Richard Resnick is the chief executive officer (CEO) of Cureatr, a medication management optimization, tech-enabled services company. In this Q&A, he looks back on 2021, highlighting the biggest developments and challenges for Cureatr, and shares his expectations, predictions, and hopes for 2022.
Q: How was 2021 for Cureatr?
Richard Resnick: It was the most challenging year Cureatr’s faced because it was really our “break out” year. To fully appreciate it, it's important to understand the history of the company.
In 2017, I was brought on board to expand the company’s prospects and opportunities. At the time, Cureatr was a mobile application that allowed HIPAA-compliant, patient-centered messaging between care team providers. As we worked on this technology, we also gained access to medication data and developed capabilities that led to the development and launch of the medication management software, Meds 360°, in 2019. Then came 2020 and COVID-19, which would eventually lead to us finding our purpose but not before a period of substantial disruption and discovery.
As we confronted the pandemic and its widespread effects, we faced a battle for the very survival of the company. Our active deals dried up as healthcare organizations became overwhelmed with COVID-19 patients and simply couldn’t take our calls. We sensed the likelihood of becoming a COVID corporate casualty, and that forced us to ask ourselves, "what can we do to help while we are still standing? " So, we started to give things away — the software, clinical services (as discussed in this Q&A) — which became our opportunity to help the healthcare community and our saving grace.
Throughout 2020, we continued working hard at selling our software and clinical services to keep the company afloat. At the end of the year, it became apparent that we were going to close our first clinical services deal with a major insurance company. It was time to staff up.
Seemingly overnight, Cureatr had to evolve from a software company of 20 people that had been together through thick and thin over the past three years into something new: a telepharmacy clinic. This is not to say that we have abandoned our roots completely. Technology is still a core pillar of Cureatr, but increasing amounts of our technology are developed for proprietary use to enable our clinic to provide unparalleled care.
If you look at Cureatr’s growth, it is all in the clinic — and it's monstrous, as we’ve added additional significant contracts throughout 2021. We started the year handling none of our own patients to where we were doing about 100 patients a month in the summer. That grew to around 800 around Thanksgiving and now we're up to about 1,000 patients a month.
Not only did we manage to survive as a company, but now we're thriving. By the end of this year, we could easily be supporting 10,000 to 20,000 patients a month, or even more. With these types of numbers order of magnitude changes, each such jump requiring not just more residency-trained clinical pharmacists, but also continuous experimentation around new or changed processes and systems to support them. These are great problems that we're happy to be facing. Being closer than ever to the patients themselves is a daily motivator for our growing national team.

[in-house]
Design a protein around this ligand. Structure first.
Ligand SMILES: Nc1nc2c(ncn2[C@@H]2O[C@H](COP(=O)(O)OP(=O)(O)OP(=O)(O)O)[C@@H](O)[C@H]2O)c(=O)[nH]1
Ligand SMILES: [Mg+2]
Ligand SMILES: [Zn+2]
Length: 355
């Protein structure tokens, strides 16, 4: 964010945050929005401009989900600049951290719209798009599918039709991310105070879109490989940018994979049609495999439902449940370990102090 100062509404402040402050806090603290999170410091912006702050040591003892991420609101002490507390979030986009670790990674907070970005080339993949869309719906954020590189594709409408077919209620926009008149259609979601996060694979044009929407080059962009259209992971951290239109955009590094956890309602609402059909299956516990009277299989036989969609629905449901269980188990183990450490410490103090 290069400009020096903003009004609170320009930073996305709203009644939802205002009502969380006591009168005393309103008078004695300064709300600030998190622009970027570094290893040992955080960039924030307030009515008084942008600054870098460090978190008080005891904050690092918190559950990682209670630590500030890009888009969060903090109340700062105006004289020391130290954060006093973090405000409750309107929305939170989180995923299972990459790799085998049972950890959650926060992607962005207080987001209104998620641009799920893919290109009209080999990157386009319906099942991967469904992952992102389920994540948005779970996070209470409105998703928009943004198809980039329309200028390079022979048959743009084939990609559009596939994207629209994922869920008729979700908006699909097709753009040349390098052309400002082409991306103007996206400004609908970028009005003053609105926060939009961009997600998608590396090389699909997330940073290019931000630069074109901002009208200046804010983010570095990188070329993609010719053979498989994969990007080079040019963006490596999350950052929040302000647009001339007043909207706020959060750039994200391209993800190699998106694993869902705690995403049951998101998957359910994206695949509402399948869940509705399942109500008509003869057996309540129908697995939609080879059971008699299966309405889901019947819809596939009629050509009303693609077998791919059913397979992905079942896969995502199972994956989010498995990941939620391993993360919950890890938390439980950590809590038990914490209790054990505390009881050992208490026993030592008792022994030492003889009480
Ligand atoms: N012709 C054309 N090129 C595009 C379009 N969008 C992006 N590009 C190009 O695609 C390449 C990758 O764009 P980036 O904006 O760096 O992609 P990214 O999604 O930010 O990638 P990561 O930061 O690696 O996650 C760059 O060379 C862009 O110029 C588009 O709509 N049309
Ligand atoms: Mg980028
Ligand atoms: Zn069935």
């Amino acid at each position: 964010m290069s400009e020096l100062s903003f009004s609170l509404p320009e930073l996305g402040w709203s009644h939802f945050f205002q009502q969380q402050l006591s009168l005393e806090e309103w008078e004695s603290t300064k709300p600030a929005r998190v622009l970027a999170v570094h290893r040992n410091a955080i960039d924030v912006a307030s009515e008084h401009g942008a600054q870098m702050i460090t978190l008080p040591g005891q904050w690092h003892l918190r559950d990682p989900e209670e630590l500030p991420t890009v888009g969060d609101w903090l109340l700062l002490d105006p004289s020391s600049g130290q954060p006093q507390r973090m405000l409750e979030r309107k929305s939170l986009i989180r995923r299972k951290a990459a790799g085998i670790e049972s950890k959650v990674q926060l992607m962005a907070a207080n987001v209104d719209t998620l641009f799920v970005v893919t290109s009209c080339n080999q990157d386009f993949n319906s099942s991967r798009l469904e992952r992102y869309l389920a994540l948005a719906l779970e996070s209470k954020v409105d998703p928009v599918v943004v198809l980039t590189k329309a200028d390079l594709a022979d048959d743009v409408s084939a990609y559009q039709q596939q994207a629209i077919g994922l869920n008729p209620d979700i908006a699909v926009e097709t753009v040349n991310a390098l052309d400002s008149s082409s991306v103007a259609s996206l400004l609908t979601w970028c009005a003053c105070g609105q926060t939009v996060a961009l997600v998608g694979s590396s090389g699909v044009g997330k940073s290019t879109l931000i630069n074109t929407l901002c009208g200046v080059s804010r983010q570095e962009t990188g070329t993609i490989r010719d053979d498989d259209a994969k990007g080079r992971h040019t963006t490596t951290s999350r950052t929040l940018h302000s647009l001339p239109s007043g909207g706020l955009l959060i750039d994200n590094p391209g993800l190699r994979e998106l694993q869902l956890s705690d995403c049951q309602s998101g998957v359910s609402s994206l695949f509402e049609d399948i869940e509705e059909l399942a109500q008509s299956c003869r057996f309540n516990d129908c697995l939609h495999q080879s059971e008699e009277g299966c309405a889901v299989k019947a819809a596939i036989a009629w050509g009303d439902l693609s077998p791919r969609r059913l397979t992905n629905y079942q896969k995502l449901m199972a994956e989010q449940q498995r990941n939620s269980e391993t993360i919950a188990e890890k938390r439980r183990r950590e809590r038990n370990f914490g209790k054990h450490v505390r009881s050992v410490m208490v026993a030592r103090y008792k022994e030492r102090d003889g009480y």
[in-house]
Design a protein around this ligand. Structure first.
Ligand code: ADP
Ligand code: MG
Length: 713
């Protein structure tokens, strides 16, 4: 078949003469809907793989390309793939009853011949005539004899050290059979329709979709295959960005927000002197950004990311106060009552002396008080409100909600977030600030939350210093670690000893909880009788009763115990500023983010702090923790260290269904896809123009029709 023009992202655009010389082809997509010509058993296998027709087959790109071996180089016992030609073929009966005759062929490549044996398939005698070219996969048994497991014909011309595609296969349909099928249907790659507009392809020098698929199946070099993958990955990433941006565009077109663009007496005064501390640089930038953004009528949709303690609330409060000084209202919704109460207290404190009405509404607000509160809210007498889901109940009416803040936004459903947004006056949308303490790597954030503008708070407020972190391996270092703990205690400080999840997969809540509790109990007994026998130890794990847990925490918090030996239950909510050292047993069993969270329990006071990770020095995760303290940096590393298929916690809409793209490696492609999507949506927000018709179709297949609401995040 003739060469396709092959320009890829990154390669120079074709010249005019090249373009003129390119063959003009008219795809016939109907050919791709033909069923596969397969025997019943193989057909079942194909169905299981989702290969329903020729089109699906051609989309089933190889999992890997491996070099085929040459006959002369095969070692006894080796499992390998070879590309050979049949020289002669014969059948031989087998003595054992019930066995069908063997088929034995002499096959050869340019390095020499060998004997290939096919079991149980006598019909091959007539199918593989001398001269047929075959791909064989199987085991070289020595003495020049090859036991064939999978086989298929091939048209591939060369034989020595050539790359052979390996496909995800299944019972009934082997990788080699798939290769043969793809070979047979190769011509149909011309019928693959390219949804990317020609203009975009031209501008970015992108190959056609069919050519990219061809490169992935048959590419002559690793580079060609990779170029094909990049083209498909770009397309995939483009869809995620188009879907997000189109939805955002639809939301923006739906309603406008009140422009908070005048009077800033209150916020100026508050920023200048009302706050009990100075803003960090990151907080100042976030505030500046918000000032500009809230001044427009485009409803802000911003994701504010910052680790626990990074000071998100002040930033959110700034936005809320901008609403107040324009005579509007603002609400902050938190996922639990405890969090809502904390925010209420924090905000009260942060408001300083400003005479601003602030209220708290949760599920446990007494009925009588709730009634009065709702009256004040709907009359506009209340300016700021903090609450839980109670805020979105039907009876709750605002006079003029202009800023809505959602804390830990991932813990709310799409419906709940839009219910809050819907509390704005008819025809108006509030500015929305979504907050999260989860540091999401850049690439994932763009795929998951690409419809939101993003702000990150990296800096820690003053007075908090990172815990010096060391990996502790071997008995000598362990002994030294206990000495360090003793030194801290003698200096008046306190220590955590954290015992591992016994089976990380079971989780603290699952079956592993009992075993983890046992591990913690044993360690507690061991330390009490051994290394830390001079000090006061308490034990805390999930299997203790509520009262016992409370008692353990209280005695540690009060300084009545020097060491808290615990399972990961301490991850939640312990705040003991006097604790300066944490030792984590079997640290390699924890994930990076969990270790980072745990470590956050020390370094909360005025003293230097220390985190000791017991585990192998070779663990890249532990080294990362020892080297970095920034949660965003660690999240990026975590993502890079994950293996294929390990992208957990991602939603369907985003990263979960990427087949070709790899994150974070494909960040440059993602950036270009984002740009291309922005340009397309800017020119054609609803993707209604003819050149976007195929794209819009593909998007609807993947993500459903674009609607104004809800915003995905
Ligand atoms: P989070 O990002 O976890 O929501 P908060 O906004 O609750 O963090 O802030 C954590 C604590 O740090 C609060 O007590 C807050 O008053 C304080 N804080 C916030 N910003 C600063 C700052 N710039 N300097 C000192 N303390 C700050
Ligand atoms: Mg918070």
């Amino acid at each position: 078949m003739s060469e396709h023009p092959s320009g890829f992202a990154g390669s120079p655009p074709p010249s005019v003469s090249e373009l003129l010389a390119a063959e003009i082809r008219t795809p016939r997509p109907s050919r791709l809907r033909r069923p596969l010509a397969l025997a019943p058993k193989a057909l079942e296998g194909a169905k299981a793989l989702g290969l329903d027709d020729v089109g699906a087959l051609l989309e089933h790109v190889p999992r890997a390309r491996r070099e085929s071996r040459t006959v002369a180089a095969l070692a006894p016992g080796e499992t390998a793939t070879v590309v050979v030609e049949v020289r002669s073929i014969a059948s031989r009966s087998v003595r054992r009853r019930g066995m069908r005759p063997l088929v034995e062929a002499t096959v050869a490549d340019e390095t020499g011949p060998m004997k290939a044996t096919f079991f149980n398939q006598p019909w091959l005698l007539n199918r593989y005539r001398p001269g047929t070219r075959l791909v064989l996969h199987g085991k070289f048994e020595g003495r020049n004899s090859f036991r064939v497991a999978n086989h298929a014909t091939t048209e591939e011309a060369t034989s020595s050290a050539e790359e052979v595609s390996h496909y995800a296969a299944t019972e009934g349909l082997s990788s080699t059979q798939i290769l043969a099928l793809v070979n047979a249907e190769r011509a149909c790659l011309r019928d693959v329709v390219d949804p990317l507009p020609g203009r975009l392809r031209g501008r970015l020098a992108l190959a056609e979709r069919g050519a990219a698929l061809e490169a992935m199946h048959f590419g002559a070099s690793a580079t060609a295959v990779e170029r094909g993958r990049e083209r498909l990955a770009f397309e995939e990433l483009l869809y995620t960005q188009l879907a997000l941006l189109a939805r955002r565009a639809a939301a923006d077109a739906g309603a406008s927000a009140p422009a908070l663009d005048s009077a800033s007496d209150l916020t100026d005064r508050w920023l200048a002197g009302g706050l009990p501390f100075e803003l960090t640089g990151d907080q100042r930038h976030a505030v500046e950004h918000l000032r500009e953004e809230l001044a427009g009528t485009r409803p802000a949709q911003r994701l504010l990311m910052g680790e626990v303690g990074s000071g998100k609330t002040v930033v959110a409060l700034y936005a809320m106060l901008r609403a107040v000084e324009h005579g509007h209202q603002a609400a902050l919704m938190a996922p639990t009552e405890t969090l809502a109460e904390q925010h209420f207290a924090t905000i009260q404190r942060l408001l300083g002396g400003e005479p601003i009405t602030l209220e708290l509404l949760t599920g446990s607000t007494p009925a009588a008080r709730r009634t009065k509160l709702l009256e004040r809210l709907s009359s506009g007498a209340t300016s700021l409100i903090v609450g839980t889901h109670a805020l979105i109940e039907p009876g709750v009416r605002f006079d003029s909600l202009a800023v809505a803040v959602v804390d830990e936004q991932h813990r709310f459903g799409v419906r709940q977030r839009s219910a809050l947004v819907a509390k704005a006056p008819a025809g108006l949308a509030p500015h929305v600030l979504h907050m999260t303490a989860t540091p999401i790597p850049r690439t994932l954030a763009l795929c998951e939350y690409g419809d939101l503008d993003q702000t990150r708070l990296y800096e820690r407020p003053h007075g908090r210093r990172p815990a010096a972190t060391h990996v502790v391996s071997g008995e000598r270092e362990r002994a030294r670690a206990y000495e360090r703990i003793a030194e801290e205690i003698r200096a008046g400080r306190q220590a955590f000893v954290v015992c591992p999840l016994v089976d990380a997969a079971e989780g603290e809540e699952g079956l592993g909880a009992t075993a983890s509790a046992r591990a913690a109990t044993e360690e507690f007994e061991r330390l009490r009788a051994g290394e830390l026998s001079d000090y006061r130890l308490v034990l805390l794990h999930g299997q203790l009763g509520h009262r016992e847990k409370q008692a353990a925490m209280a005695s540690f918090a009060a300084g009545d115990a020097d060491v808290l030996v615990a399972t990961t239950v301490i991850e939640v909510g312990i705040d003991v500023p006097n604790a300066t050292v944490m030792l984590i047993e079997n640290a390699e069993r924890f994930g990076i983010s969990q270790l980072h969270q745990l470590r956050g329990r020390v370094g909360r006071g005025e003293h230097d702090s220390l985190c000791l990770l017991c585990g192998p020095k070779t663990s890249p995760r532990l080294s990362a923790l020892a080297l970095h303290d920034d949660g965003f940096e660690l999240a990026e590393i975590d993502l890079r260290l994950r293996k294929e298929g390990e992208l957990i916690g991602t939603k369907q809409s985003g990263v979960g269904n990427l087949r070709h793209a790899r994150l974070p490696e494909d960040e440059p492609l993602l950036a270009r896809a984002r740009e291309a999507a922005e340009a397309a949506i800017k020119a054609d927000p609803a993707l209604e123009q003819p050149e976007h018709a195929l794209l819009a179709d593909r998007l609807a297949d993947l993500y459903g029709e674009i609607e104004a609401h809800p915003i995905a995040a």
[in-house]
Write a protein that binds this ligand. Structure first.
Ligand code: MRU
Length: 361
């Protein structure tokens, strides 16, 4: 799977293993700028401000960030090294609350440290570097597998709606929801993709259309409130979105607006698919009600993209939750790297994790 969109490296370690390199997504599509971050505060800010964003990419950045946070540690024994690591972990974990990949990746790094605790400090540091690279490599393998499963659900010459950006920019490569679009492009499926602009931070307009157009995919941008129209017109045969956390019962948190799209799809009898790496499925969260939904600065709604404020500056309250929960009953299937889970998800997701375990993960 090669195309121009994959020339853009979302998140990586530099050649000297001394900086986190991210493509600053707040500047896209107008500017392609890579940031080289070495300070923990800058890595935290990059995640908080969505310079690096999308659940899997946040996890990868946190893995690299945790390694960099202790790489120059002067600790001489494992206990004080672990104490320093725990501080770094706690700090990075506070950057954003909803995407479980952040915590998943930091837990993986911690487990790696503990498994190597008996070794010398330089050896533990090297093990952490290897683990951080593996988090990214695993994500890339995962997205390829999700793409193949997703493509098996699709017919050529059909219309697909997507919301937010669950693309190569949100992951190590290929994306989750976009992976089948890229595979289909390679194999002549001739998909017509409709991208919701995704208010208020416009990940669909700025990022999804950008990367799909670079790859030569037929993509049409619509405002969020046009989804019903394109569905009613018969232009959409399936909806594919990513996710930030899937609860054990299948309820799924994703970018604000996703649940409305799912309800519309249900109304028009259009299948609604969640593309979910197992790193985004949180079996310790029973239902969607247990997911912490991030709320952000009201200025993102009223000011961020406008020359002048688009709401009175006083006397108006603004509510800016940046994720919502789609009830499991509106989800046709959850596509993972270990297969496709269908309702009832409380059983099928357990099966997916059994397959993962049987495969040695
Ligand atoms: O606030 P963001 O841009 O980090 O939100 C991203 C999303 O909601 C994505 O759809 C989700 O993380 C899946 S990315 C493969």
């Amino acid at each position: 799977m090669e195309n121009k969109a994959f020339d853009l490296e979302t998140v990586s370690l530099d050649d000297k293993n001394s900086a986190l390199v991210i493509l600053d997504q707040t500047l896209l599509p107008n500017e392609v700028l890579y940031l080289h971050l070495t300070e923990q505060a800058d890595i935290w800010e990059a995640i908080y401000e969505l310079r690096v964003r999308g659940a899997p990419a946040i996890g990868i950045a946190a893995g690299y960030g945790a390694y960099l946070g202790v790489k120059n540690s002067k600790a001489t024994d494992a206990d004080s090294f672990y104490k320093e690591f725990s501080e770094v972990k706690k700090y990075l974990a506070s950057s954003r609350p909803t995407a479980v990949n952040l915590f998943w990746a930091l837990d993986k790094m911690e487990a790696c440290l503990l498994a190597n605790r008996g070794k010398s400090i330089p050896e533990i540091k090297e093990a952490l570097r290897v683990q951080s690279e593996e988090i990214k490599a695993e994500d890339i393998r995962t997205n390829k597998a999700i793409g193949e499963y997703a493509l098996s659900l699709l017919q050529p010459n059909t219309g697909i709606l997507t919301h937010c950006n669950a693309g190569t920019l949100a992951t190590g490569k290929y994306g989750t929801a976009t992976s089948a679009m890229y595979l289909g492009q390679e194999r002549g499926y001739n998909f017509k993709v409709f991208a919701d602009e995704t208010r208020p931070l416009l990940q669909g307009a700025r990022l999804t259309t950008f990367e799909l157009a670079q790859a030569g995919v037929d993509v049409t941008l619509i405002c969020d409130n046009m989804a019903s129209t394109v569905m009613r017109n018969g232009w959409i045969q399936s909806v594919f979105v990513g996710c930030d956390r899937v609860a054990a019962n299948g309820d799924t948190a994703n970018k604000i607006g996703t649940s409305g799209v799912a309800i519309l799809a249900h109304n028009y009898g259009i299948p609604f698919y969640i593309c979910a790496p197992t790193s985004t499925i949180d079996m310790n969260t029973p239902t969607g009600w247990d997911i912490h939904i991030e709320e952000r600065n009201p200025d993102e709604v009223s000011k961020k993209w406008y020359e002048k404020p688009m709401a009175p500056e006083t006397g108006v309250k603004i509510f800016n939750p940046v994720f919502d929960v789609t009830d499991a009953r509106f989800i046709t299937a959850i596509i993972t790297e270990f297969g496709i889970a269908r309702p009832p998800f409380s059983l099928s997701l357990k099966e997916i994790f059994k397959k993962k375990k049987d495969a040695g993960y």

Q: What is the top lesson you have learned from 2021?
RR: Growth challenges culture. When a company grows the way Cureatr has over the past year, many decisions you might normally have the luxury of considering over a period of time now need to be made quickly. Some decisions are easy to undo. Others are more difficult to undo. And some are nearly impossible to undo.
We ran into 2021 hiring quickly to support our growth, but sometimes when you run as quickly as we did, you stumble. The work with our clinical services customers slowed down as we adjusted to the new direction of the company. We had new team members arguing about the best direction forward and how implement and scale our operations to execute on our mission but early in the year we had no patients against which to experiment and validate our methodologies – just the threat of a massive influx around the corner.
It was a challenging time and put a strain on the company and our people. We experienced the fits and starts of trying to grow very quickly, against the challenges of becoming a precision and process team after instilling a culture of pathfinding for the past few years.
This whole experience has been tough, but in many ways has made us stronger. Cureatr is growing, fast, and it's a lot of fun, and while I don't ever want to go through some of our recent challenges, I am grateful to have been able to overcome them with this amazing team and we have all grown personally as we keep increasing numbers of discharged patients from returning to the hospital.
Q: What was Cureatr's biggest company news from 2021?
RR: First is that we've become a telepharmacy clinic. We're a provider organization. That's quite a change from where we were 12-18 months ago. We're seeing patients at increasing volume, and helping them live fuller, healthier lives through the safe and effective use of medications.